Shoreline Outing Summary: Willow Point Reef, June 17th, 2019

We had a great outing yesterday at the Willow Point Reef just south of Campbell River. Endless thanks to Sandra Milligan from NIC for leading the group and knowing this shoreline inside and out. We got to see an octopus den and a diversity of life (82 species) greater than any encountered thus far since the inception of the shoreline group. A species list follows at the end, varying little from what Sandra provided the group. My photo observations have been posted to CVN Shoreline iNaturalist Page. Please add your photos and observations if you feel so inclined. Pictures, comments and meandering notes follow below.

Keystone to Barestone: The Visible Consequence of Starfish Wasting Disease

One of the things that Sandra showed us was the direct consequences to shore life when a keystone species is suffering. In this case, the keystone species was the Purple Sea Star (Pisaster ochraceus), a prominent predatory echinoderm. The wasting disease that we have seen in action has reduced numbers of this species as well as other asteroids (yes, that is a technical name for sea stars and their relatives). At the Willow Point Reef, this has led to a population boom in a species that they prey on. We saw thickets of purple and green sea urchins (pictured above) occupying relatively bald sandstone bedrock. Sandra pointed out that these regions were formerly covered in the large kelp Alaria. Graceful as this winged kelp is to us, it is tasty to the urchins who are free to prey on the kelp as their population explodes absent the controlling presence of the sea stars. Sandra mentioned the voids left by Alaria and the rich kelp beds in the area are being filled by Sargassum, that bulby invasive brown seaweed.

Gumboot Chitons Everywhere
Despite its presence on Sandra’s species list, few of us expected to see so many big gumboot chitons filling the cracks and hugging the sandstone. The largest was somewhere north of 12 inches. This is a species that is hard to see on the shoreline. They spend most of the year in under the lowest tide line, moving up to exposed shore only to breed. This species, like most intertidal chitons is a “cow” (Sandra’s term for herbivorous grazers), consuming algae big (kelps) and small (diatomaceous crusts). Their enormous size does not happen overnight. Encased within the stubbly encompassing girdle are the same plates common to all chitons. These plates mineralize during regular, annual growth phases. Scientists can count the rings of growth in the plates much like the rings in of a tree to determine their age. It turns out they can live up to 40 years.
Colourful corals of Campbell River
Betty had mentioned being able to see corals on the shoreline in places on the island, but the point in front of the Panago seemed an unlikely place to find them. Happy little orange scleractinian corals (Balanophyllia elegans) ridged with calcite were spotting the ledges on the underside of the sandstone. Unlike most corals, it lacks symbiotic dinoflagellates/algae in its tissues, so it relies exclusively on indiscriminately stinging and capturing small creatures and floatsum that passes by its many tentacles.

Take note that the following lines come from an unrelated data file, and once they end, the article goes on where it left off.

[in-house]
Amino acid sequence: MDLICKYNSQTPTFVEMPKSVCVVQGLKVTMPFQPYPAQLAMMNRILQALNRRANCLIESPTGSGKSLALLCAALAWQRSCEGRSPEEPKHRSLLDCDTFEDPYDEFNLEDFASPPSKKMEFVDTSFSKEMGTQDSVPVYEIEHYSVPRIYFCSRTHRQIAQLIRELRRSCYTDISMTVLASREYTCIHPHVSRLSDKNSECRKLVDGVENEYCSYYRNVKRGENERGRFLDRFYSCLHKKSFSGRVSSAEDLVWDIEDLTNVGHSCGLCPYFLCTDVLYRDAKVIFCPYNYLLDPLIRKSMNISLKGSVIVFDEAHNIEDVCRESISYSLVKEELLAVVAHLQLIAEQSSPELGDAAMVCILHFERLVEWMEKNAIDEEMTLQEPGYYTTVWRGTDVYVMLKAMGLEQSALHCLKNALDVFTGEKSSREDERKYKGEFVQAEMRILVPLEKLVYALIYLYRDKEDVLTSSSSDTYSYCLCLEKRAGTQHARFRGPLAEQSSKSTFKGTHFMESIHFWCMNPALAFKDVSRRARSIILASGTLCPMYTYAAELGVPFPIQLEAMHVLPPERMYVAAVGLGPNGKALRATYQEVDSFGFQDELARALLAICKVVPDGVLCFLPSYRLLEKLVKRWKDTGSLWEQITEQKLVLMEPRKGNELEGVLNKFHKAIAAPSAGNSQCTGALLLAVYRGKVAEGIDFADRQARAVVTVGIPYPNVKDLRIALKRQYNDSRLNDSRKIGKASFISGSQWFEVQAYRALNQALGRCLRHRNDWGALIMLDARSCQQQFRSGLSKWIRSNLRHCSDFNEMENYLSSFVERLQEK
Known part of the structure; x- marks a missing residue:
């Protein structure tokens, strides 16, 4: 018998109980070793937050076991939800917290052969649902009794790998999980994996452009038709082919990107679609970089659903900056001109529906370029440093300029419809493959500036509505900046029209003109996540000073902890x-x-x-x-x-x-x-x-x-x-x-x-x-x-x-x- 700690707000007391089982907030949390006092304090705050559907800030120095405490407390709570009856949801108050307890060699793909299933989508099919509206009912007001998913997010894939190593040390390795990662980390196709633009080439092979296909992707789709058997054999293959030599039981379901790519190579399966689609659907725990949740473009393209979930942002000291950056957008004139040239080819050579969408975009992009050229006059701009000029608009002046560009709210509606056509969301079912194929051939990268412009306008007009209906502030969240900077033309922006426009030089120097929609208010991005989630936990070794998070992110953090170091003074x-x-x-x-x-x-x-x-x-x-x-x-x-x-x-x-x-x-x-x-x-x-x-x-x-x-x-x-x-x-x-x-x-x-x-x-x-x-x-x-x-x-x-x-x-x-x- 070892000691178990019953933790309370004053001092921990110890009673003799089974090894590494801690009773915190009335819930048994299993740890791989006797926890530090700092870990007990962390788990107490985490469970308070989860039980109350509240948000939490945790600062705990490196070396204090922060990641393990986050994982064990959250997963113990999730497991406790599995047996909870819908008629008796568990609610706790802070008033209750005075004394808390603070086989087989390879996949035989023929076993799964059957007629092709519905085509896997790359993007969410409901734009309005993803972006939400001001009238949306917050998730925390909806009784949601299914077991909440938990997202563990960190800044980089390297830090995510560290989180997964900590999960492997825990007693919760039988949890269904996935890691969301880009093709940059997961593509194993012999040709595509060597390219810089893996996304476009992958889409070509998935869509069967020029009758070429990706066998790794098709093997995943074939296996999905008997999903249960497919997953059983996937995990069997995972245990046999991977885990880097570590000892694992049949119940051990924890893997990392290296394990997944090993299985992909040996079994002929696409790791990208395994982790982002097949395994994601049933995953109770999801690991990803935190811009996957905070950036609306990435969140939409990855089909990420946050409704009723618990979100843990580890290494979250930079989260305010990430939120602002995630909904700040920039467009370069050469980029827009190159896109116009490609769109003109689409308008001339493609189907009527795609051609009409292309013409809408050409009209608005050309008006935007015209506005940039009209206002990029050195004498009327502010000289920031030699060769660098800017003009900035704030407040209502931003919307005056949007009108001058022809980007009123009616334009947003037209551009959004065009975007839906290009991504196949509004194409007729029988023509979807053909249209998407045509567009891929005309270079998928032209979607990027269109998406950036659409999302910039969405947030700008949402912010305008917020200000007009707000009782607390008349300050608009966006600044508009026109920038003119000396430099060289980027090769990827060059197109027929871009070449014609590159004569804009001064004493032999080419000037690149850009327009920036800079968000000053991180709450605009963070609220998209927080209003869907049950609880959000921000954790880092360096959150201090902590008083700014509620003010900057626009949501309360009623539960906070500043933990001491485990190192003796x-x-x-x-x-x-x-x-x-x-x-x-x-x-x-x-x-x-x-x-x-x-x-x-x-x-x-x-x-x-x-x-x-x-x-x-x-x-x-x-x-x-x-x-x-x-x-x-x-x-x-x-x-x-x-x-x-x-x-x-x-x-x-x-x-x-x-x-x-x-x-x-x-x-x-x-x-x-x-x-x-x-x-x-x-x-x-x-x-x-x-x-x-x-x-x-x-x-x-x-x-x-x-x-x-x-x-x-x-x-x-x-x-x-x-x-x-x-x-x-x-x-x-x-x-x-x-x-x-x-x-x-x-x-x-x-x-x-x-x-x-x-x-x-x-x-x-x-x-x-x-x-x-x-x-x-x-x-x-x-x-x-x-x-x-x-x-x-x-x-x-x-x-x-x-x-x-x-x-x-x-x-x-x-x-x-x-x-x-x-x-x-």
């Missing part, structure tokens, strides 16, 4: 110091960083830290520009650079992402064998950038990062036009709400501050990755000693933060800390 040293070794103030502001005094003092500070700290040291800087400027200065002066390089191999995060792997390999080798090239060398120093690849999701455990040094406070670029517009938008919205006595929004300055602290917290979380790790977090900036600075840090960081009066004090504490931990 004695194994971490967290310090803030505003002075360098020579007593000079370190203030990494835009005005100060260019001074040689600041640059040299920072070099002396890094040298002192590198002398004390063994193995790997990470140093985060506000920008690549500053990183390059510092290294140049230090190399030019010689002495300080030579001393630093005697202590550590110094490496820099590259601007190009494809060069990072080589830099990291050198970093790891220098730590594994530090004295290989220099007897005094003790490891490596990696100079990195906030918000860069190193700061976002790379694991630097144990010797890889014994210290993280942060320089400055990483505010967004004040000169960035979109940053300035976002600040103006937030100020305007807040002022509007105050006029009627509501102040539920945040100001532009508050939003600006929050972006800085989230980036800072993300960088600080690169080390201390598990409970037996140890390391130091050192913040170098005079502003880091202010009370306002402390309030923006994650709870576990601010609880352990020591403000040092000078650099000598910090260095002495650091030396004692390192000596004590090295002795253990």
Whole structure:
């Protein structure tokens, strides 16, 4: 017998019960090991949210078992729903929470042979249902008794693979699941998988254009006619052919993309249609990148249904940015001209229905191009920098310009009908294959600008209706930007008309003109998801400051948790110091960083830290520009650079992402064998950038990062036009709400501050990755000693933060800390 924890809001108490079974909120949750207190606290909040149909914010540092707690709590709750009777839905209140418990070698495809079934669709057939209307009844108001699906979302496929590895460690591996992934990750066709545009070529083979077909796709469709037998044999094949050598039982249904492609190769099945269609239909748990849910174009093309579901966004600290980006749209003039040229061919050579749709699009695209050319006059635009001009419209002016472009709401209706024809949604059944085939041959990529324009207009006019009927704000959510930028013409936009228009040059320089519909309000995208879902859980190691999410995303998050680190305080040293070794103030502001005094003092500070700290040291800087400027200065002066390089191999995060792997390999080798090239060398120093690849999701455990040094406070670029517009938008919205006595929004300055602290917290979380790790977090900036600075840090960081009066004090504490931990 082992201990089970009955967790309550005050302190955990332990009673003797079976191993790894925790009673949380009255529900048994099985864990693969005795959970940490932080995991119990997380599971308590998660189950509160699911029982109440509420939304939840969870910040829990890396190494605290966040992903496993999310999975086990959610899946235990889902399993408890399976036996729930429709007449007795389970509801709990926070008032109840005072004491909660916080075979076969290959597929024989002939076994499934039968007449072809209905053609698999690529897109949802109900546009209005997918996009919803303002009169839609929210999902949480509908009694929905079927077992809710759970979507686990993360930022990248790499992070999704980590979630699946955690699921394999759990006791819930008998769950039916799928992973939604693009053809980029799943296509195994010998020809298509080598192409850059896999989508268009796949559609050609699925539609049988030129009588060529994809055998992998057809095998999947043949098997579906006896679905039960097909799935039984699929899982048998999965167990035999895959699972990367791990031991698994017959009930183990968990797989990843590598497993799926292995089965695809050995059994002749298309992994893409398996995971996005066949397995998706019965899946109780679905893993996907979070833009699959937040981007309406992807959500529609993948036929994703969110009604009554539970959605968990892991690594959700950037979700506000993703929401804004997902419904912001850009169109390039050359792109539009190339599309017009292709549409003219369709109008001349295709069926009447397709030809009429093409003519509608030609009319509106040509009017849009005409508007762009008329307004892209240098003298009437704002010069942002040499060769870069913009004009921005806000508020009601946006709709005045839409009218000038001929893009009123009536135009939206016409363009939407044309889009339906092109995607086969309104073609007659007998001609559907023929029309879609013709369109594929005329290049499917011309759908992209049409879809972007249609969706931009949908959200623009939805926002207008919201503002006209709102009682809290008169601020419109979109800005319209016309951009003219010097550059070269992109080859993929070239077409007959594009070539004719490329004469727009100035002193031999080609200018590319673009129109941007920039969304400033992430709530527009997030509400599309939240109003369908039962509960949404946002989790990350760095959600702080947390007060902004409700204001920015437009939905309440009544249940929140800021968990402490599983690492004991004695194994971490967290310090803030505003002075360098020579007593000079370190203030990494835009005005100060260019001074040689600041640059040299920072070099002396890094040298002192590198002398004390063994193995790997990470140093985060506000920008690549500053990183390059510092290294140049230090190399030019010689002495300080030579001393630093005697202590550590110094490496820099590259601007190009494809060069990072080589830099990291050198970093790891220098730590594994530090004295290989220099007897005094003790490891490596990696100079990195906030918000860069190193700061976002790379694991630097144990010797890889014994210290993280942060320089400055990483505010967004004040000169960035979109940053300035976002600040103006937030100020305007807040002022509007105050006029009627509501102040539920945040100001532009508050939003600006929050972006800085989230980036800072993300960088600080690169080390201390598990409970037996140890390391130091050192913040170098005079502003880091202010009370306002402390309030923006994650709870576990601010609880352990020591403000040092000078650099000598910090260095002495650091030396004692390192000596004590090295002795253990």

Dead Man’s Fingers- The best common name
The deep forest green of Codium fragilis (above) was a surprise to see in our region. This large, three-dimensional and dichotomizing green algae is one of a number of vastly different species that go by the common name “dead man’s fingers”. I’m beginning to think that different cultures have different ideas about the look of a dead man’s finger. These ones come straight out of a Dr. Seuss book, The flavourful shrub Decaisnea seems to dwell in a purplish hue on the spectrum, whilst those of those of the fungus Xylaria polymorha must represent advanced decomposition. This is an introduced species.
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Clionid Sponges and Giant Rock Scallops
Sandra showed us two really good examples of shell degradation by the activity of a tiny little sponge, Cliona. On the surface of both the Giant Rock Scallop (pictured above left) and the Hornmouth Snail (above right), we could see that the original mineral surface of these molluscs has been bored and thinned by the activity of Cliona. Excavating mineralized shell surfaces micrometers at a time by secreting enzymes to dissolve and loosen particles, this species is responsible for a lot of breakdown in the intertidal. While the pace might be slow, the product is voluminous. Carbonate mud (tiny particles of calcite) is produced by this activity. In the fossil record, we can see beds meters and meters thick composed almost exclusively of particles loosed by the activity of the “boring” sponges. Sandra mentioned the sponge as a pest from the perspective of aquaculture operations as it degrades the quality of oysters.
Honeycomb weathering or Bioeroders?
A number of shoreline members commented on the similarity of large cylindrical-to-hemispherical excavations at in the sandstones if Willow Point to patterns seen in shoreline sandstones on Hornby, Saltspring, Galiano and any number of other places where these rocks are found in proximity to the sea. There was mumblings of the word _Tafoni_, a term used to describe a type of honeycomb weathering in our area. To clarify: Honeycomb weathering happens above the hightide line to sandstones that are exposed to salt spray from the sea.  The excavations that we were seeing in the sandstones at Willow Point were subtidal and were produced by the activity of invertebrates, most likely the sea urchins.
Species list. Modified barely from Sandra’s list based on what was seen and a few taxonomy changes. Please email me with corrections, additions and deletions. These are the things I remember seeing but between the 20 of us, there was likely more.
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